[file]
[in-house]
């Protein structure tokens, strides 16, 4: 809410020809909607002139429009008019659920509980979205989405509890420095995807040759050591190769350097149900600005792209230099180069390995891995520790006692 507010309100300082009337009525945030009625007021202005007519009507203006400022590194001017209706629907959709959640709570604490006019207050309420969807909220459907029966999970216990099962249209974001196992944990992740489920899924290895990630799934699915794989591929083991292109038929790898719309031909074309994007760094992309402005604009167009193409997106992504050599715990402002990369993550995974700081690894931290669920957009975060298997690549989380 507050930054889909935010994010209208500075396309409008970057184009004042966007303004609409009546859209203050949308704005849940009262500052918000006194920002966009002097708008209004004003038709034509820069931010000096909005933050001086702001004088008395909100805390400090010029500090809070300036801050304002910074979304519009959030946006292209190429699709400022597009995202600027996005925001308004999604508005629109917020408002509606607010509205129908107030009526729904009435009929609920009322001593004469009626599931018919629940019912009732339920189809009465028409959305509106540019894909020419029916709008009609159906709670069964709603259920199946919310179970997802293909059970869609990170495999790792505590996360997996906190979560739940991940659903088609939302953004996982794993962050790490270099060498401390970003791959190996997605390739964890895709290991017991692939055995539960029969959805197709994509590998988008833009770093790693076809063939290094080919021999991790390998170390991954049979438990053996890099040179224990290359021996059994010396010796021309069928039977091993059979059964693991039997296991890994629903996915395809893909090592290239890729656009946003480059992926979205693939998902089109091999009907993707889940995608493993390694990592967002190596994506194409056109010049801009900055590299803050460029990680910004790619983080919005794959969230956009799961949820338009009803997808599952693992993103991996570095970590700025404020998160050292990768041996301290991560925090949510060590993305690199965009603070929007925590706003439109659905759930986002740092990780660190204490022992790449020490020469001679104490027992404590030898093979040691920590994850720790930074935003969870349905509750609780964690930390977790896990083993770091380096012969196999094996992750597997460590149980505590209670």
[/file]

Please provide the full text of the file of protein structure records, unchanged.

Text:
[in-house]
């Protein structure tokens, strides 16, 4: 809410020809909607002139429009008019659920509980979205989405509890420095995807040759050591190769350097149900600005792209230099180069390995891995520790006692 507010309100300082009337009525945030009625007021202005007519009507203006400022590194001017209706629907959709959640709570604490006019207050309420969807909220459907029966999970216990099962249209974001196992944990992740489920899924290895990630799934699915794989591929083991292109038929790898719309031909074309994007760094992309402005604009167009193409997106992504050599715990402002990369993550995974700081690894931290669920957009975060298997690549989380 507050930054889909935010994010209208500075396309409008970057184009004042966007303004609409009546859209203050949308704005849940009262500052918000006194920002966009002097708008209004004003038709034509820069931010000096909005933050001086702001004088008395909100805390400090010029500090809070300036801050304002910074979304519009959030946006292209190429699709400022597009995202600027996005925001308004999604508005629109917020408002509606607010509205129908107030009526729904009435009929609920009322001593004469009626599931018919629940019912009732339920189809009465028409959305509106540019894909020419029916709008009609159906709670069964709603259920199946919310179970997802293909059970869609990170495999790792505590996360997996906190979560739940991940659903088609939302953004996982794993962050790490270099060498401390970003791959190996997605390739964890895709290991017991692939055995539960029969959805197709994509590998988008833009770093790693076809063939290094080919021999991790390998170390991954049979438990053996890099040179224990290359021996059994010396010796021309069928039977091993059979059964693991039997296991890994629903996915395809893909090592290239890729656009946003480059992926979205693939998902089109091999009907993707889940995608493993390694990592967002190596994506194409056109010049801009900055590299803050460029990680910004790619983080919005794959969230956009799961949820338009009803997808599952693992993103991996570095970590700025404020998160050292990768041996301290991560925090949510060590993305690199965009603070929007925590706003439109659905759930986002740092990780660190204490022992790449020490020469001679104490027992404590030898093979040691920590994850720790930074935003969870349905509750609780964690930390977790896990083993770091380096012969196999094996992750597997460590149980505590209670």